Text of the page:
Psychiatric services (Washington, D.C.) 04/2013; 64(4). DOI:10.1176/ · 1.99 Impact Factor
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    ABSTRACT: PURPOSE: A 2003 Food and Drug Administration advisory warned of increased hyperlipidemia and diabetes risk for patients taking second-generation antipsychotics (SGAs). After the advisory, a professional society consensus statement provided treatment recommendations and stratified SGAs into high, intermediate, and low metabolic risk. We examine subsequent changes in incident and prevalent SGA use among individuals with severe mental illness. METHODS: We created a retrospective cohort using Florida Medicaid's claims from 2001 to 2006. We included non-Medicare eligible adults with bipolar disorder or schizophrenia who filled an SGA prescription. We assessed changes in overall and agent-specific use, discontinuations, interruptions, and therapeutic alternative use among prevalent users and agent-specific use among incident users. Pre-advisory utilization was compared with utilization initially after the advisory and two subsequent periods. RESULTS: Among prevalent users, overall SGA use decreased slightly, and no increases in treatment interruptions or discontinuations were observed after the advisory and consensus statement publication. Compared with the pre-advisory period, in the months immediately after the advisory, the use of the highest metabolic-risk agent, olanzapine, decreased by 34% among prevalent users with bipolar disorder (adjusted risk ratio [aRR] = 0.66, 95%CI = 0.59-0.74) and 26% among prevalent users with schizophrenia (aRR = 0.74, 95%CI = 0.72-0.76). A greater decrease was estimated among incident users with bipolar disorder (aRR = 0.37, 95%CI = 0.29-0.47) and schizophrenia (aRR = 0.42, 95%CI = 0.35-0.51) during this period. During each subsequent post-advisory period, olanzapine use continued to decrease whereas quetiapine, ziprasidone, and aripiprazole use increased. CONCLUSIONS: The metabolic risk advisory and the published consensus statement were associated with a selective reduction in olanzapine use without evidence of treatment disruptions among this population. Copyright © 2012 John Wiley & Sons, Ltd.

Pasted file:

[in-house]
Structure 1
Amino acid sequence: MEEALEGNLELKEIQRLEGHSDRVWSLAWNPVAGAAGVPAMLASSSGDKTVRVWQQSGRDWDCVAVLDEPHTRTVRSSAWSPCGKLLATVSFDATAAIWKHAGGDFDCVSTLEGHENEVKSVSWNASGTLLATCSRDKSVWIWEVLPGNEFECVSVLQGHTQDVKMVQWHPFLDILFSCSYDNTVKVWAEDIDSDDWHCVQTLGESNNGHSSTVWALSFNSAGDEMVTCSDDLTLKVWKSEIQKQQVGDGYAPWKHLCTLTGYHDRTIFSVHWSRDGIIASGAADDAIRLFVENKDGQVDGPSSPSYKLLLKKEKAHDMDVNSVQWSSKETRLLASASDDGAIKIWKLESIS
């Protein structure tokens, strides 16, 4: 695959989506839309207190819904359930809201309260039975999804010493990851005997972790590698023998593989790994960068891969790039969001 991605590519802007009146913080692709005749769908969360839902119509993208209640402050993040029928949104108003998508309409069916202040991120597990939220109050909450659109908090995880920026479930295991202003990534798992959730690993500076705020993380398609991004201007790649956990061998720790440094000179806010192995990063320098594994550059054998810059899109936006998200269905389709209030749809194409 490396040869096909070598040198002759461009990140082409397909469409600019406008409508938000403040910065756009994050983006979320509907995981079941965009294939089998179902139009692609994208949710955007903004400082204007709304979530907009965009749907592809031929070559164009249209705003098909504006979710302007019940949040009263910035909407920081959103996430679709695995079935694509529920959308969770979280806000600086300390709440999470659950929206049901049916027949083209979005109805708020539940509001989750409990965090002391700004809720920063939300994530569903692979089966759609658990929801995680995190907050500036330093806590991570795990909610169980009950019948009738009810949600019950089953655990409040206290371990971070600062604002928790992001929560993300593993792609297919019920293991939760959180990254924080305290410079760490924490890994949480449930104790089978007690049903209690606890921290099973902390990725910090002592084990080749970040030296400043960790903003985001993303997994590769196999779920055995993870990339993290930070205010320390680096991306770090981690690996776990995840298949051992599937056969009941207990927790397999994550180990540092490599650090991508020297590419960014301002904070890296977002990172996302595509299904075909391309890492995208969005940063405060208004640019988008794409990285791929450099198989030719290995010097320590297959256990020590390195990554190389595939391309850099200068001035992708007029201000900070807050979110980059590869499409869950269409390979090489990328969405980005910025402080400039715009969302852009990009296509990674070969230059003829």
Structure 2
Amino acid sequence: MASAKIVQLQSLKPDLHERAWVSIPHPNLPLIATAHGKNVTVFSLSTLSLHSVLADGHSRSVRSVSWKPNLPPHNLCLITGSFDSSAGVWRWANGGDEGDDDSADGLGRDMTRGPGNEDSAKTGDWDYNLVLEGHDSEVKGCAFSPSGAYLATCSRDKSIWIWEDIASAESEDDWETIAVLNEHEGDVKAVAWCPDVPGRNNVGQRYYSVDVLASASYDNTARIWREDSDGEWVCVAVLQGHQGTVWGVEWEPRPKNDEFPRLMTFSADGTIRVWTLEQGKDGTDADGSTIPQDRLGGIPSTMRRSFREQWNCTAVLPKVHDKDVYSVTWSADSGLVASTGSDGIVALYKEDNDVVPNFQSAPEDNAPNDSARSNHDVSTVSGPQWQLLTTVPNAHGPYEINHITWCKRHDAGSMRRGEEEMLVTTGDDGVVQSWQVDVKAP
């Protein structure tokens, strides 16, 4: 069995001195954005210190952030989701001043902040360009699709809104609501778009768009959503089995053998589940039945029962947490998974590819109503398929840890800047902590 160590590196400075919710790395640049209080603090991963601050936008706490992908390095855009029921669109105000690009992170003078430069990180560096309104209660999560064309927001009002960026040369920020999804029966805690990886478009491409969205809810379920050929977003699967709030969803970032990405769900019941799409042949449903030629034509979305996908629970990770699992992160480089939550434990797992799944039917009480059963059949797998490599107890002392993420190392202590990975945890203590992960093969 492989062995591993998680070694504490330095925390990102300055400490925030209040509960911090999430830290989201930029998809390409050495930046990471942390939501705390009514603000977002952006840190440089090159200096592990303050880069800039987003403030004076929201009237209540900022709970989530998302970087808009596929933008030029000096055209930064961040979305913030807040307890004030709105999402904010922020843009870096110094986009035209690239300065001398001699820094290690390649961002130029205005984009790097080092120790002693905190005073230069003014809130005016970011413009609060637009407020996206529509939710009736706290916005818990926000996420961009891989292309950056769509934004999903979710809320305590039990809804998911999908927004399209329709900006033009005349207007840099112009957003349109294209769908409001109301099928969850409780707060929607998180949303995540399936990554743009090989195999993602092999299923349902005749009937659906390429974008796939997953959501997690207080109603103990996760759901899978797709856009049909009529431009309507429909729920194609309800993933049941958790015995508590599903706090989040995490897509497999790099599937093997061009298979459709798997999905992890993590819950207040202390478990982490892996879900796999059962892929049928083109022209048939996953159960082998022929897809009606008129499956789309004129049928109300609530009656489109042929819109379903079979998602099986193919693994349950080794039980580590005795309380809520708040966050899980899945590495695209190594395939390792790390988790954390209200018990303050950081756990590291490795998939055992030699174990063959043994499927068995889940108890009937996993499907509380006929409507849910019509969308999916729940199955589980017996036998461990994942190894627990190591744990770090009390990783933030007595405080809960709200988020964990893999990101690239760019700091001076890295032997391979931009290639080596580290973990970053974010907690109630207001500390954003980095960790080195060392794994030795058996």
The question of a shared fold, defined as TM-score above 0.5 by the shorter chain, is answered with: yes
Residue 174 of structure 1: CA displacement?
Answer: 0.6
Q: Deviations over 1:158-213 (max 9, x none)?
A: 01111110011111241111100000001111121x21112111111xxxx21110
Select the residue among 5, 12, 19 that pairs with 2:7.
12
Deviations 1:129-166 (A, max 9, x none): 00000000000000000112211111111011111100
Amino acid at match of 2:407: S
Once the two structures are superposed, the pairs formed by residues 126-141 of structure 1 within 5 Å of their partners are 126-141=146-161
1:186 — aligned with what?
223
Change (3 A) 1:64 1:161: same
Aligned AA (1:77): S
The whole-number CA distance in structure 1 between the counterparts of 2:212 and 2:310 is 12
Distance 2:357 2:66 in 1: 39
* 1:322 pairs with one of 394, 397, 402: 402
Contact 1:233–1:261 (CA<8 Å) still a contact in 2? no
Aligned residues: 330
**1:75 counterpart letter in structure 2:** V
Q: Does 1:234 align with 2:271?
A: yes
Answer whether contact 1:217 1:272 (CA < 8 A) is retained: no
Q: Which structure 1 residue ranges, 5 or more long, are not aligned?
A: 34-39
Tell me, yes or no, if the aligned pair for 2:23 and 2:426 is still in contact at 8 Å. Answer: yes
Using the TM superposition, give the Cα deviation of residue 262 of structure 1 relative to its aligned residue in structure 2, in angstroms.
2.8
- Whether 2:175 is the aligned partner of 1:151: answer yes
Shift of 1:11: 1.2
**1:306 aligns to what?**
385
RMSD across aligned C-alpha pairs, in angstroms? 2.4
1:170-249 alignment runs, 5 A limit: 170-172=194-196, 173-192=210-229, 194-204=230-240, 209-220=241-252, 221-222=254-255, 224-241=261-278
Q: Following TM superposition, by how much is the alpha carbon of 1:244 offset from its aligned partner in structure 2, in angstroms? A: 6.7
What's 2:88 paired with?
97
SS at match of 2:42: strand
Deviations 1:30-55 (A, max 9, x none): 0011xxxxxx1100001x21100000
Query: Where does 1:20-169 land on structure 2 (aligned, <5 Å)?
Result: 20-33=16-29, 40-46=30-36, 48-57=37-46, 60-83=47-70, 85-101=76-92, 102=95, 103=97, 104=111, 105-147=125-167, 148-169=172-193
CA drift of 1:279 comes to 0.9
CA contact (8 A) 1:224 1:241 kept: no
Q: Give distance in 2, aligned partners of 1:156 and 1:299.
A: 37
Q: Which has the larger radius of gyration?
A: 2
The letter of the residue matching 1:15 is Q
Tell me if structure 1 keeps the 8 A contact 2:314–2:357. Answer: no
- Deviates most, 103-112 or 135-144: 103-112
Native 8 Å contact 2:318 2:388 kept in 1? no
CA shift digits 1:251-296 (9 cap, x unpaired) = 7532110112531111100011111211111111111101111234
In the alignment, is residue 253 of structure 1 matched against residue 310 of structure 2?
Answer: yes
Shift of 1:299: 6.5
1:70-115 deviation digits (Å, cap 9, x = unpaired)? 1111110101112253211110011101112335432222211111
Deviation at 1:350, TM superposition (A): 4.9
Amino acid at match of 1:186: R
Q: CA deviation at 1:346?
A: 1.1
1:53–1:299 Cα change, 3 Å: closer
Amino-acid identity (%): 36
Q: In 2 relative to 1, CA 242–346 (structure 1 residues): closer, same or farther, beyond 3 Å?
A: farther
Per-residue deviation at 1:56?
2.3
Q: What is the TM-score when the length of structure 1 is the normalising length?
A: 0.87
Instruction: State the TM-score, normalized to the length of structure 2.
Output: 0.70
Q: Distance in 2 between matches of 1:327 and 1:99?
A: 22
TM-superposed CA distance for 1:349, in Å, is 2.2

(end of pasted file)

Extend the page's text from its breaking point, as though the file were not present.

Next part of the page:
Pharmacoepidemiology and Drug Safety 12/2012; 21(12). DOI:10.1002/pds.3272 · 3.17 Impact Factor
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    ABSTRACT: The slow spread of treatments supported by empirical evidence and the rapid diffusion of treatments lacking such support play major roles in the lower quality of mental health care received by people with severe mental illnesses compared with the care of less severely ill people. Further, the rapid spread of treatments that are of low cost-effectiveness limits the system's ability to provide the full gamut of high-value treatments available to treat this vulnerable population. Using the case of schizophrenia, we review the context in which these paradoxical patterns of diffusion have occurred, and we propose policy solutions.
    Health Affairs 05/2009; 28(3):701-12. DOI:10.1377/hlthaff.28.3.701 · 4.64 Impact Factor